• I accepted the fact that the only way this challenge will be addressed is with the passage of time and good work.


  • Most challenging year due to a slowdown in the economy and managing client service delivery during a long period of lockdown etc.
  • Fortunately, my Corporate work experience particularly on Business Continuity Planning helped me manage my work without disruption as I had already built the required infrastructure for such situations.
  • While the first quarter of 2020 continued witnessing growth in assignments and staff, my biggest accomplishment of 2020 so far has been survival and sustainability.
  • My firm did not lose any assignments in the challenging times of COVID. My clients have been kind and I have been fortunate!

“Things you wish you did when you started?”

  • Had done more research and discussions with experts on whether to go for ‘Specialisation or General Practice’. While there are different schools of thought on this subject, I chose the latter. The decision worked in my favour but it was driven more by gut vs. analysis.
  • Hiring at least 3 people instead of 1. This would make my firm appear more ready and sustainable in the eyes of prospective clients.
  • I should have invested more in technology infrastructure like tax filing platforms, systems, etc. from the very beginning vs. waiting for assignments to come. That would have made me more prepared later when work started flowing in.
  • Attending more seminars of ICAI, Bombay Chartered Accountants Society and other forums to improve my awareness in the areas of practice.
  • Should have done networking much before I started.

How did you bootstrap your CA Firm?”

I did plan my cash-flows well with sufficient buffer and was conservative in my estimates as one can never predict how long will it take to generate revenue.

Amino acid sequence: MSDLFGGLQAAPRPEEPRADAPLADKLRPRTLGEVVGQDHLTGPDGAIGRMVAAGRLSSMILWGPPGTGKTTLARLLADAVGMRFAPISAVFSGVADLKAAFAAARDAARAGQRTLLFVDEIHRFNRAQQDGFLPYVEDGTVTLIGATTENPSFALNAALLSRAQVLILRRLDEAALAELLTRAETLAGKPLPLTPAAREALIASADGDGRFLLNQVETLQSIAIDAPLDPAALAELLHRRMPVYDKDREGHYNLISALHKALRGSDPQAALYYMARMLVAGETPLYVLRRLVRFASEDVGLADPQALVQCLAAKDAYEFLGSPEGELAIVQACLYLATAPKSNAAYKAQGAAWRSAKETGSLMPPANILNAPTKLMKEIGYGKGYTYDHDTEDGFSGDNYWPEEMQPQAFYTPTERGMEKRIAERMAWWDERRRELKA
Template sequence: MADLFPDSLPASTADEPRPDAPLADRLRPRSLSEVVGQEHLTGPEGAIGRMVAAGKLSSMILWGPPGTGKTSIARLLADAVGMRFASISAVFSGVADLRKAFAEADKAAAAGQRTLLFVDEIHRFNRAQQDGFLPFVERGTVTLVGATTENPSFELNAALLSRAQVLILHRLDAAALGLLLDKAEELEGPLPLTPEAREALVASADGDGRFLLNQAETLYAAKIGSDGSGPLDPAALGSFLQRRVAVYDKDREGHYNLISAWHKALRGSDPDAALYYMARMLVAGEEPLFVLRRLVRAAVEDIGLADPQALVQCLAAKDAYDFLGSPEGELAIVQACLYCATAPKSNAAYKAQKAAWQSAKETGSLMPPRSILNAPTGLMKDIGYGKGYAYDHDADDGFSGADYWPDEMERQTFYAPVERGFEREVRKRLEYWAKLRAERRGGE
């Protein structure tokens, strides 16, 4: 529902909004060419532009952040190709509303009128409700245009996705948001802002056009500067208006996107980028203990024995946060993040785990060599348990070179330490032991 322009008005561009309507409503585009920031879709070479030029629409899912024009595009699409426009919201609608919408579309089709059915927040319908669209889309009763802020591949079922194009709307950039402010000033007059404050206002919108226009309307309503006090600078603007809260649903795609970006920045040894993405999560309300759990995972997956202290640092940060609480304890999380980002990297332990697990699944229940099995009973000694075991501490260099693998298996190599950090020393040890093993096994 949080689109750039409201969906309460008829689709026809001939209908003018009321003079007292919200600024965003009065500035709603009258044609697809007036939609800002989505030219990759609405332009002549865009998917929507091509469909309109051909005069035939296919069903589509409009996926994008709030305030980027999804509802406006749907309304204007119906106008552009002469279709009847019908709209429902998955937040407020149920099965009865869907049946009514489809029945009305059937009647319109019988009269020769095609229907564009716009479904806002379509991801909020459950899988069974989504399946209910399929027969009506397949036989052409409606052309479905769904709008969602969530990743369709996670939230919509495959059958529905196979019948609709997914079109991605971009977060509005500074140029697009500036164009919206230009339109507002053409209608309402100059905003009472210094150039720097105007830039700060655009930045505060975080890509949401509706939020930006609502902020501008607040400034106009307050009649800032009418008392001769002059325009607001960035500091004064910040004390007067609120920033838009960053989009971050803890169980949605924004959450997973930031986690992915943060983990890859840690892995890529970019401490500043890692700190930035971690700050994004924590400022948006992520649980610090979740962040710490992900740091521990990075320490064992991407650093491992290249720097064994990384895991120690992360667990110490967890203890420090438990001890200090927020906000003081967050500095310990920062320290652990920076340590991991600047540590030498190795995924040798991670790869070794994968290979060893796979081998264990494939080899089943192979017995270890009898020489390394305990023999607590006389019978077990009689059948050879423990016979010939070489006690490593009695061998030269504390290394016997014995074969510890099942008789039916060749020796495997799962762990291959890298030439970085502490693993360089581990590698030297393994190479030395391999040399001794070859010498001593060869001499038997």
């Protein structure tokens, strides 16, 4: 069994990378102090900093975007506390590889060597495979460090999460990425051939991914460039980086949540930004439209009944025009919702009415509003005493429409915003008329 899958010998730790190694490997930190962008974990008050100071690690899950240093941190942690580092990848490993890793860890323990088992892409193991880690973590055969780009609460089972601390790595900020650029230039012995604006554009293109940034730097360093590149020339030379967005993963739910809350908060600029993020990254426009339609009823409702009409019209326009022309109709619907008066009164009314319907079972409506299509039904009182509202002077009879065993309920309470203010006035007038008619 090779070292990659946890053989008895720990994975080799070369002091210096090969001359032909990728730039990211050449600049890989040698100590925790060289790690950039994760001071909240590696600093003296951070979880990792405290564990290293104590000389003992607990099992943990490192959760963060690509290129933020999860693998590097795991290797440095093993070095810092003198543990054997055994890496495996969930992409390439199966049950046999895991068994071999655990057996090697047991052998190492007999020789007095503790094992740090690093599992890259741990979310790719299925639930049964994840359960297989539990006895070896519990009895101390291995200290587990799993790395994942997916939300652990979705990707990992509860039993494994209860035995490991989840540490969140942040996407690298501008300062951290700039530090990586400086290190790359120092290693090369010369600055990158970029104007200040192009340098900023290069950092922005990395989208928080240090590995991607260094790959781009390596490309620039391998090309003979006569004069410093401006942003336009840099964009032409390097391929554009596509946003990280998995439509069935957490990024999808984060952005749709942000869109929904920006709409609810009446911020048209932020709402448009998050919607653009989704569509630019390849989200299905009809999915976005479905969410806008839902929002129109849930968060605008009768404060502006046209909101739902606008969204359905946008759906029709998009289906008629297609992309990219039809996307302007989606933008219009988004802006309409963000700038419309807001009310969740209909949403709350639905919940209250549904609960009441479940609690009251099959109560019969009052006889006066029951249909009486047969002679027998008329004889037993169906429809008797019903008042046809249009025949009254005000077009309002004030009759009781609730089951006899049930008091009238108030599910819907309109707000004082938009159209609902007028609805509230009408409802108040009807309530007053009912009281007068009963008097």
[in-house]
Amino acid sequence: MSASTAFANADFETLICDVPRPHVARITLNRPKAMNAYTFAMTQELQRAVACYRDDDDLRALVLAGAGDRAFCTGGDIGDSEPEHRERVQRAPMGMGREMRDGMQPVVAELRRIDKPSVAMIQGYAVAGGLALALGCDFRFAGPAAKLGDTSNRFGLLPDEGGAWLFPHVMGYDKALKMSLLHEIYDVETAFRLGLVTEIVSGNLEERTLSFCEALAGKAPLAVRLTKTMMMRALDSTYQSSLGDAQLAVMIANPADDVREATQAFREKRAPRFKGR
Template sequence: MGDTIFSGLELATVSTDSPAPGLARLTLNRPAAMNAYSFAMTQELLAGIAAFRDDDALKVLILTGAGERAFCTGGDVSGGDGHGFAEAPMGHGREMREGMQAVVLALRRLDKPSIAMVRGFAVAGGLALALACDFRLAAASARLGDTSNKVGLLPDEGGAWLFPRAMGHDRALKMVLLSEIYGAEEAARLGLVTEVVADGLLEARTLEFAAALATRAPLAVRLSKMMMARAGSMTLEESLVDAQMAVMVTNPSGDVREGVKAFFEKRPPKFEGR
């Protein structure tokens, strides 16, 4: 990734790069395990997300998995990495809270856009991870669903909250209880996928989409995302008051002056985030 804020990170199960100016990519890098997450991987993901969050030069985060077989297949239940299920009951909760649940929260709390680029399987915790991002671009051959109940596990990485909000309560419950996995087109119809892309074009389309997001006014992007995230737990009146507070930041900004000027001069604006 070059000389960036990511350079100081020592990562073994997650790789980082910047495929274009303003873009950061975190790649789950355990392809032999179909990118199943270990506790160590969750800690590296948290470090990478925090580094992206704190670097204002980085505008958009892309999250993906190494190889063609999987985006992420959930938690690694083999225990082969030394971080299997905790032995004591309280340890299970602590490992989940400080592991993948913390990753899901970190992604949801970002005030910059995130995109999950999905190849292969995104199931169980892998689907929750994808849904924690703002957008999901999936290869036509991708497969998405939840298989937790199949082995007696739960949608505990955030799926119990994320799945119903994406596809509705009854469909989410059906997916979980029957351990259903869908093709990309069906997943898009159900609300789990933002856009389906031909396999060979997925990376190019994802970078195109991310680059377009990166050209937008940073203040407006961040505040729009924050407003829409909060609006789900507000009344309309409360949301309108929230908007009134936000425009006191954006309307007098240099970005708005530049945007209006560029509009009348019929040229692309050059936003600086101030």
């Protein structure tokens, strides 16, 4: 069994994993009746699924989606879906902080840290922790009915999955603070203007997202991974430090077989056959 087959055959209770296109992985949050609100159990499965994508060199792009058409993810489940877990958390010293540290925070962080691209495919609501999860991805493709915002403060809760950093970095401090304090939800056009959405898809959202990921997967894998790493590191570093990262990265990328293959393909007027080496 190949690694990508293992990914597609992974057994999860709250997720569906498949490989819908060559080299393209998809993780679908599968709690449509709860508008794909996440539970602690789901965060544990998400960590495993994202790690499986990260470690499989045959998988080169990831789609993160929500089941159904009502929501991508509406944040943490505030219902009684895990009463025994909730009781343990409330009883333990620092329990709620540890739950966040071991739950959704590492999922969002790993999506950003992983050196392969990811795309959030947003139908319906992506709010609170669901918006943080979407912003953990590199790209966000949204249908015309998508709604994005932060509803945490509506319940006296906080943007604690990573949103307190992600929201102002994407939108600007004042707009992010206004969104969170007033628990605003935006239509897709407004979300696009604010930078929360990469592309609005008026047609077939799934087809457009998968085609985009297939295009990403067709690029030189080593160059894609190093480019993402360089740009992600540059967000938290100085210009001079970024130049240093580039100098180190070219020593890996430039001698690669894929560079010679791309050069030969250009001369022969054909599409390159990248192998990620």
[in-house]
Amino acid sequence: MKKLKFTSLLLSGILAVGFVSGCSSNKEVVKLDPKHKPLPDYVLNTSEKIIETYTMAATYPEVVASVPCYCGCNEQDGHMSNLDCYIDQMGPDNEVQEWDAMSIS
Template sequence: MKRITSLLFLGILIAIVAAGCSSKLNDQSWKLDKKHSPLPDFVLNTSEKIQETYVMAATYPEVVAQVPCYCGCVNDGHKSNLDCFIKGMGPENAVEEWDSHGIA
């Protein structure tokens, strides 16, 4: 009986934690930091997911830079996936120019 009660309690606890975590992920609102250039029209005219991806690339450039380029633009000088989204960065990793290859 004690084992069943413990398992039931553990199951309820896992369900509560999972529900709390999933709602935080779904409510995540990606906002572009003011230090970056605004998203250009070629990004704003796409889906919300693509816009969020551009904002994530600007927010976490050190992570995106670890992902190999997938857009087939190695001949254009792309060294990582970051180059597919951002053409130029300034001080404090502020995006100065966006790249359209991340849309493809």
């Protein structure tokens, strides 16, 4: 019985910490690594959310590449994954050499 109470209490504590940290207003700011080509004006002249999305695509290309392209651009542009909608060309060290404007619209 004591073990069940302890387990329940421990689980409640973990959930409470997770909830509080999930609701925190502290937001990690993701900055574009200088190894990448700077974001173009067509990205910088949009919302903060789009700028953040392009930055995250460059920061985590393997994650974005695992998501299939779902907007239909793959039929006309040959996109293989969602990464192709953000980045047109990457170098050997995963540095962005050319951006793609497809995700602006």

I set a target for myself that if I’m unable to break-even in 3 years then I would revisit my decision.

One should have adequate savings to be able to sustain even with zero income for at least one year.

Also Read

This practicing Cost Accountant shares how timely decisions of diversification & specialization helped him survive

Wrapping Up…

"You don’t need a new sunrise to start over, you only need a new mindset!"

I started CA practice at the age of 42. While it is true that if I had started earlier, I would have reached bigger milestones by now yet I do not regret the timing of my start.

The best time is not a certain age number but is when one is willing and mentally prepared.

Believe in yourself and be confident enough to instill confidence in your clients. Never compromise on integrity and ethics even if it means you have to let go of some of your high-paying assignments. Take care of your reputation. It lives longer than you!

Gautam Thakker has diverse industry experience in FMCG, Healthcare/Pharmaceutical, Banking/Financial Services, Engineering MNCs across multiple geographies. In 2017, he founded Gautam Thakker & Associates and is also a Board Member (Non-Executive Director) of a few corporate clients.

Now It's Your Turn...

Would you pursue CA at the age of 29? Would you quit your job to start your own? Gautam is happy to answer all your questions, connect with him at